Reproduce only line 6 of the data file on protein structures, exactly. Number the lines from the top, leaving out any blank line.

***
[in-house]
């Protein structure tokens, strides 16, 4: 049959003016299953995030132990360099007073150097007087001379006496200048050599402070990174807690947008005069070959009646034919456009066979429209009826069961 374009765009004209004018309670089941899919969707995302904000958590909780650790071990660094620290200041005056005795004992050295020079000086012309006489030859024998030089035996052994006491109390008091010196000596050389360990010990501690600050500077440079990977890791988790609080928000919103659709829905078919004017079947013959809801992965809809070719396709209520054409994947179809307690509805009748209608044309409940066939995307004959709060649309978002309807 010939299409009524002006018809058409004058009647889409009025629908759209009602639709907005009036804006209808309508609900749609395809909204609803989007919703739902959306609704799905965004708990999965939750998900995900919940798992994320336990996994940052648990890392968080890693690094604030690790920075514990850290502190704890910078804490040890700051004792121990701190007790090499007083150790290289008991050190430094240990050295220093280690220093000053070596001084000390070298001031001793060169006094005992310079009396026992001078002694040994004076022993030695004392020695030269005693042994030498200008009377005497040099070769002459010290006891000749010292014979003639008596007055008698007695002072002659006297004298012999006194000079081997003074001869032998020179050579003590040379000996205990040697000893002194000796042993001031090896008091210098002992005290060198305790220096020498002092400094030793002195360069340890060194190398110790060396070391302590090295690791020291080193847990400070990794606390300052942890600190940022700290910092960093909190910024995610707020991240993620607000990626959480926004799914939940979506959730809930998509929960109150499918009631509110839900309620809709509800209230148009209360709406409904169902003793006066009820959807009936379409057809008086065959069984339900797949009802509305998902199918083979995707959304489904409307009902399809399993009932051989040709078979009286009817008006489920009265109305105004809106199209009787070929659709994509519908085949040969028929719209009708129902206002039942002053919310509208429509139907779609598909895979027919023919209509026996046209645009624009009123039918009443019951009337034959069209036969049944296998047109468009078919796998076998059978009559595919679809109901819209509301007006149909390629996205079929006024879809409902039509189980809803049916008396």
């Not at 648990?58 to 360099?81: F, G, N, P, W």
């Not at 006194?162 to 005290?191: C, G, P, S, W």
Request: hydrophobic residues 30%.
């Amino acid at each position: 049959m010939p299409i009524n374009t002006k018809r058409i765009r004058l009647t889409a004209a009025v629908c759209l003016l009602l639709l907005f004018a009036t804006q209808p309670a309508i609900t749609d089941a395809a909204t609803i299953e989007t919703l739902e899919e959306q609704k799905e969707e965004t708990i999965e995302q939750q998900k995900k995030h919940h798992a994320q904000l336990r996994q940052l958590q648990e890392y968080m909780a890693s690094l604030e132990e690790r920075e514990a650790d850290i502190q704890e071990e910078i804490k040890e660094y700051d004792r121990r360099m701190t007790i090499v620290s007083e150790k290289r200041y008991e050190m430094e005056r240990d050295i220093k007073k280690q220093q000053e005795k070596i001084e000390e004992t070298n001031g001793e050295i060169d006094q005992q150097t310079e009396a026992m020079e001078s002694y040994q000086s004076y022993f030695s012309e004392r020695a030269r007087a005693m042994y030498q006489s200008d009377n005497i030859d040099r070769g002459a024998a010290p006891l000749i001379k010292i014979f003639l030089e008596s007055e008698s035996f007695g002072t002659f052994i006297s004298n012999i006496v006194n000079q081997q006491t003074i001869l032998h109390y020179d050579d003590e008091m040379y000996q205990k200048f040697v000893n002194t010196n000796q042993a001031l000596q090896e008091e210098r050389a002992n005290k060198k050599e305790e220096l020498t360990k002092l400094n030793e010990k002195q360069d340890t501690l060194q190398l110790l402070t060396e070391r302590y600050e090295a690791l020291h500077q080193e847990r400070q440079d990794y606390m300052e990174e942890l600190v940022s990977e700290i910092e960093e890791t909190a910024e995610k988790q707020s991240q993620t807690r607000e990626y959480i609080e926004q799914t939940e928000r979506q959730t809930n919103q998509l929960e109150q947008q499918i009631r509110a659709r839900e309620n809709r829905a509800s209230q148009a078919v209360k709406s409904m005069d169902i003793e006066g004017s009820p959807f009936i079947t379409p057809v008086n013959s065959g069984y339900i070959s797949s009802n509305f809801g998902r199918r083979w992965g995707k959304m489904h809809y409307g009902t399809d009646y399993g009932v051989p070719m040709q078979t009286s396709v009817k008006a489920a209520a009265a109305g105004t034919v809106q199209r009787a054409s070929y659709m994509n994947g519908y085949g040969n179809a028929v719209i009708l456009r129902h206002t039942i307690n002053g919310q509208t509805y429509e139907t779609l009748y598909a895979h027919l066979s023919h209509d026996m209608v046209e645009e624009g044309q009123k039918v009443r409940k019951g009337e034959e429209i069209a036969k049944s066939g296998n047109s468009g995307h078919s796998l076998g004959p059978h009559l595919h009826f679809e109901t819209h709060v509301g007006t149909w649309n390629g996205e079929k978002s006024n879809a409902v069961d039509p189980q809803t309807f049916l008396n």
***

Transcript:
């Amino acid at each position: 049959m010939p299409i009524n374009t002006k018809r058409i765009r004058l009647t889409a004209a009025v629908c759209l003016l009602l639709l907005f004018a009036t804006q209808p309670a309508i609900t749609d089941a395809a909204t609803i299953e989007t919703l739902e899919e959306q609704k799905e969707e965004t708990i999965e995302q939750q998900k995900k995030h919940h798992a994320q904000l336990r996994q940052l958590q648990e890392y968080m909780a890693s690094l604030e132990e690790r920075e514990a650790d850290i502190q704890e071990e910078i804490k040890e660094y700051d004792r121990r360099m701190t007790i090499v620290s007083e150790k290289r200041y008991e050190m430094e005056r240990d050295i220093k007073k280690q220093q000053e005795k070596i001084e000390e004992t070298n001031g001793e050295i060169d006094q005992q150097t310079e009396a026992m020079e001078s002694y040994q000086s004076y022993f030695s012309e004392r020695a030269r007087a005693m042994y030498q006489s200008d009377n005497i030859d040099r070769g002459a024998a010290p006891l000749i001379k010292i014979f003639l030089e008596s007055e008698s035996f007695g002072t002659f052994i006297s004298n012999i006496v006194n000079q081997q006491t003074i001869l032998h109390y020179d050579d003590e008091m040379y000996q205990k200048f040697v000893n002194t010196n000796q042993a001031l000596q090896e008091e210098r050389a002992n005290k060198k050599e305790e220096l020498t360990k002092l400094n030793e010990k002195q360069d340890t501690l060194q190398l110790l402070t060396e070391r302590y600050e090295a690791l020291h500077q080193e847990r400070q440079d990794y606390m300052e990174e942890l600190v940022s990977e700290i910092e960093e890791t909190a910024e995610k988790q707020s991240q993620t807690r607000e990626y959480i609080e926004q799914t939940e928000r979506q959730t809930n919103q998509l929960e109150q947008q499918i009631r509110a659709r839900e309620n809709r829905a509800s209230q148009a078919v209360k709406s409904m005069d169902i003793e006066g004017s009820p959807f009936i079947t379409p057809v008086n013959s065959g069984y339900i070959s797949s009802n509305f809801g998902r199918r083979w992965g995707k959304m489904h809809y409307g009902t399809d009646y399993g009932v051989p070719m040709q078979t009286s396709v009817k008006a489920a209520a009265a109305g105004t034919v809106q199209r009787a054409s070929y659709m994509n994947g519908y085949g040969n179809a028929v719209i009708l456009r129902h206002t039942i307690n002053g919310q509208t509805y429509e139907t779609l009748y598909a895979h027919l066979s023919h209509d026996m209608v046209e645009e624009g044309q009123k039918v009443r409940k019951g009337e034959e429209i069209a036969k049944s066939g296998n047109s468009g995307h078919s796998l076998g004959p059978h009559l595919h009826f679809e109901t819209h709060v509301g007006t149909w649309n390629g996205e079929k978002s006024n879809a409902v069961d039509p189980q809803t309807f049916l008396n």